In Second and Third Grade, students build on these skills as they begin to learn about the elements of art. More focus is placed on expression and mastery of materials. Creative thinking is encouraged--problem solving and group projects encourage students to develop critical thinking skills while expressing their unique ideas.
By Fourth and Fifth Grade, students are challenged to make their own connections in art as they study the work of various artists and cultures, and as they work towards self-expression in their original work. Critical thinking and problem-solving are encouraged. "Gallery walk-throughs" are part of the curriculum, and help students to exchange ideas about their art.
In Grades Six through Eight, students are encouraged to develop their own unique artistic voice, while making use of the tools and techniques they have acquired over the years. By the time they graduate from the 8th grade, students have an understanding of the elements and principles of art, color theory, a fluency with many art materials, a familiarity with the work of many artists and art periods, and an appreciation of the visual experience and the possibilities of creating works of art that are aesthetically pleasing and elicit emotion from the viewer.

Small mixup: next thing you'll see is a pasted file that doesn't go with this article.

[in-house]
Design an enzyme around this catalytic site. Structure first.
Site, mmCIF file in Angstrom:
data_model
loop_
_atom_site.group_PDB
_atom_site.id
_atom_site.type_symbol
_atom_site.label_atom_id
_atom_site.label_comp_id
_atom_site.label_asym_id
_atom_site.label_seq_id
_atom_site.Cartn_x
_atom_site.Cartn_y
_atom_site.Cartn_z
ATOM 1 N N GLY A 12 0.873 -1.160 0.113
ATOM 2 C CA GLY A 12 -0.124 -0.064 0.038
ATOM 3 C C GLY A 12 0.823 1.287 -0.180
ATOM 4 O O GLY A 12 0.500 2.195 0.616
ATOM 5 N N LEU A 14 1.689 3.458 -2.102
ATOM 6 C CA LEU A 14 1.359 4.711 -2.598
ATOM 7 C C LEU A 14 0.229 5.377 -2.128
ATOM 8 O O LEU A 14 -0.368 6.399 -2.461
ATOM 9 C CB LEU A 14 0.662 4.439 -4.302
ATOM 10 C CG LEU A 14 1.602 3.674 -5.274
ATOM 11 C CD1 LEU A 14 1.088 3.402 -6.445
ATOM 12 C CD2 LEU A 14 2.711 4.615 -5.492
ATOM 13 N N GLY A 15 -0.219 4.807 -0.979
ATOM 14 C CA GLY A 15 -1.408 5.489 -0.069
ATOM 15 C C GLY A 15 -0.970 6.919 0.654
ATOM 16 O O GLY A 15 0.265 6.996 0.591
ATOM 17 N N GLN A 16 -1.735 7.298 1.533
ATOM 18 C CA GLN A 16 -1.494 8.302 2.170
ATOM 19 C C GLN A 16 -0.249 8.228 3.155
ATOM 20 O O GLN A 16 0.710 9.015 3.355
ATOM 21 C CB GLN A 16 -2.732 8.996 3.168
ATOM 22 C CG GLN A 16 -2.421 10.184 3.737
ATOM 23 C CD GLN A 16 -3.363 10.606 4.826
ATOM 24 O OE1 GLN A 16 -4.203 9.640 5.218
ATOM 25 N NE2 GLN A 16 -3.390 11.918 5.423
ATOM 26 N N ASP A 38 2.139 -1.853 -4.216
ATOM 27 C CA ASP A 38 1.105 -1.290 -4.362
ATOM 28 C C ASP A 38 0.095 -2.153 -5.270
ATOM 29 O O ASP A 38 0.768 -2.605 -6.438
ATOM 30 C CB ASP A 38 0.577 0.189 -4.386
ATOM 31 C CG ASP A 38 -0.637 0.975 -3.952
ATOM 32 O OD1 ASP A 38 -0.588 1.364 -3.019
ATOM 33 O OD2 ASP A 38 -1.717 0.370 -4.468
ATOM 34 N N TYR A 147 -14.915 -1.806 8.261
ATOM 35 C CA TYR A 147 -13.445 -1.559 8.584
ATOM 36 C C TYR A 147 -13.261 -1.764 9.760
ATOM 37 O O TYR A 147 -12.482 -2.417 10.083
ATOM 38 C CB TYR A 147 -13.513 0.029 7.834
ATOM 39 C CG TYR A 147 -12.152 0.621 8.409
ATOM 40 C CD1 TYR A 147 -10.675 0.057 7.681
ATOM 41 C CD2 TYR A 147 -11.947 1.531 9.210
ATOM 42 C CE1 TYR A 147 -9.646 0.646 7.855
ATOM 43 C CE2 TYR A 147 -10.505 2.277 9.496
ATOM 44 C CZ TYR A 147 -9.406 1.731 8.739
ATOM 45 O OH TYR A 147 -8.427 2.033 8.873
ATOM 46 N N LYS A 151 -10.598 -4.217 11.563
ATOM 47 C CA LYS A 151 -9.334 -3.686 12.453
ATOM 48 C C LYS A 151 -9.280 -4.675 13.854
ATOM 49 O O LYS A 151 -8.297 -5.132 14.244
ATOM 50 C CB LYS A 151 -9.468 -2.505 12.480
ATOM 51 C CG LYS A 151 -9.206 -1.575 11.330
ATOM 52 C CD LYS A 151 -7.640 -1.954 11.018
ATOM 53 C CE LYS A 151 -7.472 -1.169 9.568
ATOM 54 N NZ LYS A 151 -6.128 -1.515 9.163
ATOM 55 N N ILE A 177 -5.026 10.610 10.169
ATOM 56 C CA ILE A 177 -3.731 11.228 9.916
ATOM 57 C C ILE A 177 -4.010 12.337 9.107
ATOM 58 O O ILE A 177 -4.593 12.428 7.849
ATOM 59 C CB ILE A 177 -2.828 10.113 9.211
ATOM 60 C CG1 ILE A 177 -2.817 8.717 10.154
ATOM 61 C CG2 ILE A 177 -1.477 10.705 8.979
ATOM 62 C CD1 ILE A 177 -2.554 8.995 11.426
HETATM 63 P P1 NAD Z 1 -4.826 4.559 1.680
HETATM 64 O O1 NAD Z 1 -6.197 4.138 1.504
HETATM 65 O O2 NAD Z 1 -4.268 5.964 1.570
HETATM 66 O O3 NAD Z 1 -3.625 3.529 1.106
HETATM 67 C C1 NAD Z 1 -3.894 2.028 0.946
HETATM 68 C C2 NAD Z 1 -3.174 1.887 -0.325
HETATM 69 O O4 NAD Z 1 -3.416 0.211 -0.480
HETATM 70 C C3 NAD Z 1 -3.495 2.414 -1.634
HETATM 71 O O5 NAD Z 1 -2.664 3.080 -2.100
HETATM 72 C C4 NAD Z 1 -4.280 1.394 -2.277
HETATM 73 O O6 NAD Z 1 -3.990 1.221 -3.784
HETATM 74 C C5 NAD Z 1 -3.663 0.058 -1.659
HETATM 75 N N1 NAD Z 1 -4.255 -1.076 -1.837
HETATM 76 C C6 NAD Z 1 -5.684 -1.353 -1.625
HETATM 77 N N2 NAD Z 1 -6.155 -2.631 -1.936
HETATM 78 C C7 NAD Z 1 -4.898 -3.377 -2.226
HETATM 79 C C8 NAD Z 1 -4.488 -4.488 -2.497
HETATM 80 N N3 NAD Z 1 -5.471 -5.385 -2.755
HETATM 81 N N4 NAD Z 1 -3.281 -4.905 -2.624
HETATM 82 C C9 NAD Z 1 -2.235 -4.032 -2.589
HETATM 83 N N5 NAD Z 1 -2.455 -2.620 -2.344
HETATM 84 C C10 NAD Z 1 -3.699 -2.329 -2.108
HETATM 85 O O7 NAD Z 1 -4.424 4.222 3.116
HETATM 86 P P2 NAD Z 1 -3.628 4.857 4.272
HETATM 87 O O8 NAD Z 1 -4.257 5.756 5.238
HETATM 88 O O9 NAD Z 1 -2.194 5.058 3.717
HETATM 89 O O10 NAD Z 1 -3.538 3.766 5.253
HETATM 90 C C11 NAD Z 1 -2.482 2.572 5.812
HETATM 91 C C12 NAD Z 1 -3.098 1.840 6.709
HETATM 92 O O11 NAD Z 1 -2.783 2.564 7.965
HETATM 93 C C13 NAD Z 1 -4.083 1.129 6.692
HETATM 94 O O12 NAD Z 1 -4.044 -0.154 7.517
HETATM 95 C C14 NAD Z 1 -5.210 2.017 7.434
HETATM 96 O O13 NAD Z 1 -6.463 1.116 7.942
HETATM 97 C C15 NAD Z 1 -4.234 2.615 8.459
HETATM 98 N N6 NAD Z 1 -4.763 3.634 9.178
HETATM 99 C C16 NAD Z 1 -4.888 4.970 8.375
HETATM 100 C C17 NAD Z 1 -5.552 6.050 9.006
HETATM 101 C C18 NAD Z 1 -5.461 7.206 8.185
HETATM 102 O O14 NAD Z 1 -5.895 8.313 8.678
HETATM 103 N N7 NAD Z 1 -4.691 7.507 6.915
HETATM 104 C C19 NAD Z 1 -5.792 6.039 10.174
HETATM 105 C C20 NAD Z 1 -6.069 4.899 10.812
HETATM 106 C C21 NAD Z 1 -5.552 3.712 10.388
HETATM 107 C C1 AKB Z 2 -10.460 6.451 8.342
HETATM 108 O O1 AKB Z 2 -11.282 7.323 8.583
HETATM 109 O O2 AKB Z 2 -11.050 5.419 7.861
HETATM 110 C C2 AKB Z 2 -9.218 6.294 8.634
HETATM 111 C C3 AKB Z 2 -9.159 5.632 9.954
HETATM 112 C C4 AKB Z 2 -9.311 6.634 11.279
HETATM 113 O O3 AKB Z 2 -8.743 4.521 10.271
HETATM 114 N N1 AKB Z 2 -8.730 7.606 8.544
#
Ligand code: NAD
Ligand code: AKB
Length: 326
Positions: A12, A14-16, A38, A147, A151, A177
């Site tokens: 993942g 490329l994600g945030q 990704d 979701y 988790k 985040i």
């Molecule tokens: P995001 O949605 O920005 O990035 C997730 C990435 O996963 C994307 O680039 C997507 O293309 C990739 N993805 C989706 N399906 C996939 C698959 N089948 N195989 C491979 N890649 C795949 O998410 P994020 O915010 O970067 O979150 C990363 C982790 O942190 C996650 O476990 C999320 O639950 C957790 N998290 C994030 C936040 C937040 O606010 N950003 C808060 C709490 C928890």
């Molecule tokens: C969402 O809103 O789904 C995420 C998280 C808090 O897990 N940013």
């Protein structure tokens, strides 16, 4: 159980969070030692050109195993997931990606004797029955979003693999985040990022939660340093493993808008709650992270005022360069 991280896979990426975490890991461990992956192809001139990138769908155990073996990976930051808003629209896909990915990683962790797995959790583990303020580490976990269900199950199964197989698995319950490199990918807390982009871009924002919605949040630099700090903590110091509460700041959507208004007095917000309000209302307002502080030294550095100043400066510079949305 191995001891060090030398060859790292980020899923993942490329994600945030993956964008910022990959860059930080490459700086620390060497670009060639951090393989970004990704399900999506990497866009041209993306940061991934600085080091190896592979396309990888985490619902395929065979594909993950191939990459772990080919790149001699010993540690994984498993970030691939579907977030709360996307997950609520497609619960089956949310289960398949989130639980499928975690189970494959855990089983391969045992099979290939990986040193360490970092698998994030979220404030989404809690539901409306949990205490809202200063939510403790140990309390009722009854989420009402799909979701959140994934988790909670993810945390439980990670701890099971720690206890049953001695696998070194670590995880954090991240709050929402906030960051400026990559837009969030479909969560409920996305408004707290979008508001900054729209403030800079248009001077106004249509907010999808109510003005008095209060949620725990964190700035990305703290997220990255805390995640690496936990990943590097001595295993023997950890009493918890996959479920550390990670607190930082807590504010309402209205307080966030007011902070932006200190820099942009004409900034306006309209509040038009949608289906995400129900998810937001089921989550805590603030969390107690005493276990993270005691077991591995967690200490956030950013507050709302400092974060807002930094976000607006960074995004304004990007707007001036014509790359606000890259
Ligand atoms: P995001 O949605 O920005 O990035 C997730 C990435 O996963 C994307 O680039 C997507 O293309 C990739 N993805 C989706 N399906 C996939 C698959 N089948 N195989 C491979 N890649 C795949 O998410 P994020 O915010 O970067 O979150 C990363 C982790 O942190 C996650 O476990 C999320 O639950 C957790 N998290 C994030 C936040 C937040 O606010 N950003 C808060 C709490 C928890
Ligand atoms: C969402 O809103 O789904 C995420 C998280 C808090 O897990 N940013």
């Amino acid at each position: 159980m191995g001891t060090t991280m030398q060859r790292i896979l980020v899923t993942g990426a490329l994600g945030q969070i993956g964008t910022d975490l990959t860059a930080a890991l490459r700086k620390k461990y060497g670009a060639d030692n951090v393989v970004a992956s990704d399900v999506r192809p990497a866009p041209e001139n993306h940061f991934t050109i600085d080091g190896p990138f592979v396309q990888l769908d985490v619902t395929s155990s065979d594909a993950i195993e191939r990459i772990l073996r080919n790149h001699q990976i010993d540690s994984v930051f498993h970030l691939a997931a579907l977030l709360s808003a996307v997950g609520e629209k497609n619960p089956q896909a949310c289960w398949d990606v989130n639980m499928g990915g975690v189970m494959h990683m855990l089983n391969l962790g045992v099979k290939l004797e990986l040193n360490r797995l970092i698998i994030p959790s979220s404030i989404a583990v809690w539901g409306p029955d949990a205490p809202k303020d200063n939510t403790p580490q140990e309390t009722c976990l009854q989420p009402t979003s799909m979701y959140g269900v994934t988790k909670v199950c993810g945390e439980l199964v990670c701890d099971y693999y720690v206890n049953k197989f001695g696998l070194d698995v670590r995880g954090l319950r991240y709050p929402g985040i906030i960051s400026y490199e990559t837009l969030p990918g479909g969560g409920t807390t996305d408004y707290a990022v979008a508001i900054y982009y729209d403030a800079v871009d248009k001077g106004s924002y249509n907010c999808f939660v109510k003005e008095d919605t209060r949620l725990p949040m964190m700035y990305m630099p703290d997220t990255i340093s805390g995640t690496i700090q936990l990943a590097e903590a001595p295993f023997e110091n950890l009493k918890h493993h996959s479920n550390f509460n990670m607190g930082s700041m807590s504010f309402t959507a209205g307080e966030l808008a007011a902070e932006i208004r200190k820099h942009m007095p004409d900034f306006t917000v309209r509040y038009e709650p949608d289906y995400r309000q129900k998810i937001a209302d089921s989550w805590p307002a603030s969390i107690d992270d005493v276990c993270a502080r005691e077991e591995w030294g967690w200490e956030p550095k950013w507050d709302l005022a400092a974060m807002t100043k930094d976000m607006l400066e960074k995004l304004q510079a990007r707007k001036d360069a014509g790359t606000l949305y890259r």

We put on an all-school art show each year, the Corpus Opus, with every student's work exhibited. This past show included a monochromatic Cubist collage; "Canimals"-- recycled aluminum cans made into animals; a black-figure silhouette painting of sports heroes; Surrealist drawings based on the work of Rene Magritte; papier-mâché "hot air balloons"; Monet-inspired garden paintings; and a non-representational cut paper collage inspired by Matisse's "painting with scissors" style. The art shows are a wonderful way to get the school community together to share and delight in the students' work. Parents and siblings crowd around the exhibits, and the excitement is
Because we employ a spiral learning process, the curriculum is highly varied. This year, for example, we focused on more Modern Art, including Van Gogh, Picasso, Braque, Matisse, Klee, Magritte, Dalí, and Kandinsky. Cubism, non-representational art, Fauvism, and Surrealism, were covered. We try to incorporate local art happenings and exhibits as a way to reinforce what students learn in Art class. An exhibit currently at LACMA--Expressionism in Germany and France: From Van Gogh to Kandinsky--was a perfect close to our year. Each year, students are exposed to different periods and styles, from Ancient Art to contemporary artists, giving them a broad understanding of past and current civilizations. When possible, students attend field trips, watch videos, and participate in Power Point presentations where discussions are encouraged to help them gain a deeper understanding of the material. We use a variety of technology to aid in the learning and creating process, including individual iPads, a Smartboard, and a document camera, which enables step-by-step demonstrations for the class. This technology also helps students to share their artwork and ideas with classmates, and connects them to art globally.